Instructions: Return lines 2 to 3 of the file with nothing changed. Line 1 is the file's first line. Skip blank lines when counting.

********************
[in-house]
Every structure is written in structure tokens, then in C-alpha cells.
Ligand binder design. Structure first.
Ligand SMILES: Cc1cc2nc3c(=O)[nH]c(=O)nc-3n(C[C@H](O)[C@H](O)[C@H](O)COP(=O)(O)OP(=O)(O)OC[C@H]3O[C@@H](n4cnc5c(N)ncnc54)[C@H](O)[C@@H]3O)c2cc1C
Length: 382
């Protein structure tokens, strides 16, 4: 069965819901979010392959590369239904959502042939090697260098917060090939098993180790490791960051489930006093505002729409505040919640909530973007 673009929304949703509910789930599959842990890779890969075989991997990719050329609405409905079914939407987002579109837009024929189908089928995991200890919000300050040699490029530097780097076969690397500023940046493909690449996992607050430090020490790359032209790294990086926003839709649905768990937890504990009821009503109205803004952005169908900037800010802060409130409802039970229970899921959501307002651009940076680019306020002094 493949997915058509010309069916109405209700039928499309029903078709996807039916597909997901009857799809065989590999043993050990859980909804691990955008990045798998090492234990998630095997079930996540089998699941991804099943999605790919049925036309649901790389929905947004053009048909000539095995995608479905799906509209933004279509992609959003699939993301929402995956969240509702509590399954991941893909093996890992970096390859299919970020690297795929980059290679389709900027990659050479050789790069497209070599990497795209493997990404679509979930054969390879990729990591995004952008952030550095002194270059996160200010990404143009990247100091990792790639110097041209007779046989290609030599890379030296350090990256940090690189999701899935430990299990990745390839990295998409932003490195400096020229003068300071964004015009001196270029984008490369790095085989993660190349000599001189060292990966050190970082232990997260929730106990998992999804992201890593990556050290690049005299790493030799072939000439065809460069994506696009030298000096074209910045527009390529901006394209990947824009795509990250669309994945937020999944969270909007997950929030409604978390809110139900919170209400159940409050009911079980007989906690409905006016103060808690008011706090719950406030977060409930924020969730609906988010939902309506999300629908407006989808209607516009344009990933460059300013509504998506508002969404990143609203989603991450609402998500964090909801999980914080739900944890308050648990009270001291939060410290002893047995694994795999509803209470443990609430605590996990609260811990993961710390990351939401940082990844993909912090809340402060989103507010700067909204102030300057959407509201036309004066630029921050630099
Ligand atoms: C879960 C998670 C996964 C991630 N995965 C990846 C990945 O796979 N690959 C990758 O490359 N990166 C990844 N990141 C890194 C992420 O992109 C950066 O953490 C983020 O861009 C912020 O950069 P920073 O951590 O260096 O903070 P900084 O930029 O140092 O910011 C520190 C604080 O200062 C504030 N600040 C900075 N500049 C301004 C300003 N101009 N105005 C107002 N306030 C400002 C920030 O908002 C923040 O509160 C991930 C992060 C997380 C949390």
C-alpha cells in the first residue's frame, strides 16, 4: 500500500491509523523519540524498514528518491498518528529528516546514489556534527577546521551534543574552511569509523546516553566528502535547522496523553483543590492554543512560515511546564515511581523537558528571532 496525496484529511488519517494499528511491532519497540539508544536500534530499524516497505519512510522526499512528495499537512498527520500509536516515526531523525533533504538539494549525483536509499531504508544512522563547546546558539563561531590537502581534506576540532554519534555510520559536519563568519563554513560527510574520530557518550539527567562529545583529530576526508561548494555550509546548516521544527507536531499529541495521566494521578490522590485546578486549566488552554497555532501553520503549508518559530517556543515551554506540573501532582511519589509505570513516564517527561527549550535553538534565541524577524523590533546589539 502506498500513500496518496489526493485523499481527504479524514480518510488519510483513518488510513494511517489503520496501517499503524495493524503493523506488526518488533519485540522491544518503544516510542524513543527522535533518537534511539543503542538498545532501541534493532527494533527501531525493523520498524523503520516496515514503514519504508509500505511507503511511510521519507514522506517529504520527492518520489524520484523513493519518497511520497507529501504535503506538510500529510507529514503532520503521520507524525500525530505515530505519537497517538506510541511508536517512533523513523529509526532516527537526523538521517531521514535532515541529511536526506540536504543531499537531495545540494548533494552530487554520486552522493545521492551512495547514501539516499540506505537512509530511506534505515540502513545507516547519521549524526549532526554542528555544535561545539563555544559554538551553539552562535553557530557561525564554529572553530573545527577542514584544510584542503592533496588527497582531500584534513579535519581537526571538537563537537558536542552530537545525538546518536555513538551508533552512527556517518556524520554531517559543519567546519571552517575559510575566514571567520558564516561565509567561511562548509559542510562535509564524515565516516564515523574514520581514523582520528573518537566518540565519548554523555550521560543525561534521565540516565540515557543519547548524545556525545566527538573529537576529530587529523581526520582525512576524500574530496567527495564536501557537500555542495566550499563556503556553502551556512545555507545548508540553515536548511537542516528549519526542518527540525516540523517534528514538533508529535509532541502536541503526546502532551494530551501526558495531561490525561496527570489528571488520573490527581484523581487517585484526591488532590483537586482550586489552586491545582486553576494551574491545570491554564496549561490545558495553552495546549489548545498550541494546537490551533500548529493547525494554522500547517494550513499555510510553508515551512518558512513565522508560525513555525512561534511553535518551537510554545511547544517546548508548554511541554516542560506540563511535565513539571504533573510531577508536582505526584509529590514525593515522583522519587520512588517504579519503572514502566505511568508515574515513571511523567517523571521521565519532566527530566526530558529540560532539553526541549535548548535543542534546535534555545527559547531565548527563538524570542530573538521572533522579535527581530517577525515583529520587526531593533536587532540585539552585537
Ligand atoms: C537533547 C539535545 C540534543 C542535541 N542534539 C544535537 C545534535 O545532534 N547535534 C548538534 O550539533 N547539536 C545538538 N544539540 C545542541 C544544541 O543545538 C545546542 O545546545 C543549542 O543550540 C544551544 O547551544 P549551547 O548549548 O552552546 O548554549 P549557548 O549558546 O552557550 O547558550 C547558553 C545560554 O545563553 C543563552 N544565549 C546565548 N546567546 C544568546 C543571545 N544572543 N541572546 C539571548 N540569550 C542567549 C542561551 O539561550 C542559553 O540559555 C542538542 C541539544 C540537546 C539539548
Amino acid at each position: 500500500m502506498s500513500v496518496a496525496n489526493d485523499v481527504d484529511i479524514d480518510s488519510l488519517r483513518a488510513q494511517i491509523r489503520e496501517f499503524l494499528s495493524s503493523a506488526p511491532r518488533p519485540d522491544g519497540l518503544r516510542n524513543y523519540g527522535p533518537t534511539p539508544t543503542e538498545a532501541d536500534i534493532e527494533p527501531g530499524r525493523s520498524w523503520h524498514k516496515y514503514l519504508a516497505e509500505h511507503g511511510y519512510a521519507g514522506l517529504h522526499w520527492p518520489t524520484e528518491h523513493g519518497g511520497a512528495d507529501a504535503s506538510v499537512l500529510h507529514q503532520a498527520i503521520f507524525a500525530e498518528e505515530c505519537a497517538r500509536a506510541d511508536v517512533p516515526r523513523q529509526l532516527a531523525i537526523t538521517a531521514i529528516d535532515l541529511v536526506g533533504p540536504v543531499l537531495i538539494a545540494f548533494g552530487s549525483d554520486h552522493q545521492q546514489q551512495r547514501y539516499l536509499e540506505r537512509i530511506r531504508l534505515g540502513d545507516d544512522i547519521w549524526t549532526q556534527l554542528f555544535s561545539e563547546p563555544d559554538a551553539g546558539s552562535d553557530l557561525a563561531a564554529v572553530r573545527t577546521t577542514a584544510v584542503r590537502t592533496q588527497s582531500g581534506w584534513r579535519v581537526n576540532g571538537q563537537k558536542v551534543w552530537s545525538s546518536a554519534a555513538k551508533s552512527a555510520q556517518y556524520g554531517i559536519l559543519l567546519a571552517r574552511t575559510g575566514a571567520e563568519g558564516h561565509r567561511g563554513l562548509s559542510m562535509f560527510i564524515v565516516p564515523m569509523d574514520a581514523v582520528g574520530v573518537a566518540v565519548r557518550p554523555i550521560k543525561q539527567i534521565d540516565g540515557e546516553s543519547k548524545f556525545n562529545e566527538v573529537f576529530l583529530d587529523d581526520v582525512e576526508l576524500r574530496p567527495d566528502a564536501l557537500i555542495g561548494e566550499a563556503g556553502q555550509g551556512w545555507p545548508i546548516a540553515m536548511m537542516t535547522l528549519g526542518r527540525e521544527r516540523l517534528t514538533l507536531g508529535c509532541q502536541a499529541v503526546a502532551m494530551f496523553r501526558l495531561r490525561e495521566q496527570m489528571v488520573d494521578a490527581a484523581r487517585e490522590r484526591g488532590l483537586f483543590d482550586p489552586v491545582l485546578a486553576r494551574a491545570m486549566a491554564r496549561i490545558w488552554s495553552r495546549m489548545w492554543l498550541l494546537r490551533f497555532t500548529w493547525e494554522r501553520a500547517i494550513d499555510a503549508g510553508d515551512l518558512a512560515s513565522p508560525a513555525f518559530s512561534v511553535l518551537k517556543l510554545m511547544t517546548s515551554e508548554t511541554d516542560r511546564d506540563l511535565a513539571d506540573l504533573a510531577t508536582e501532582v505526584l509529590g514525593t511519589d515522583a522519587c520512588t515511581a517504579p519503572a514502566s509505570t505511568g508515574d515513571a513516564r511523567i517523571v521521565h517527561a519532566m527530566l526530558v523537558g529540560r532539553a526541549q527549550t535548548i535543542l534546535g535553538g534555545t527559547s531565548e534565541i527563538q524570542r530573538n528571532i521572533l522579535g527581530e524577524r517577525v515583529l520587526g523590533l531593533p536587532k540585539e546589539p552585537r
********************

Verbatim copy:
Every structure is written in structure tokens, then in C-alpha cells.
Ligand binder design. Structure first.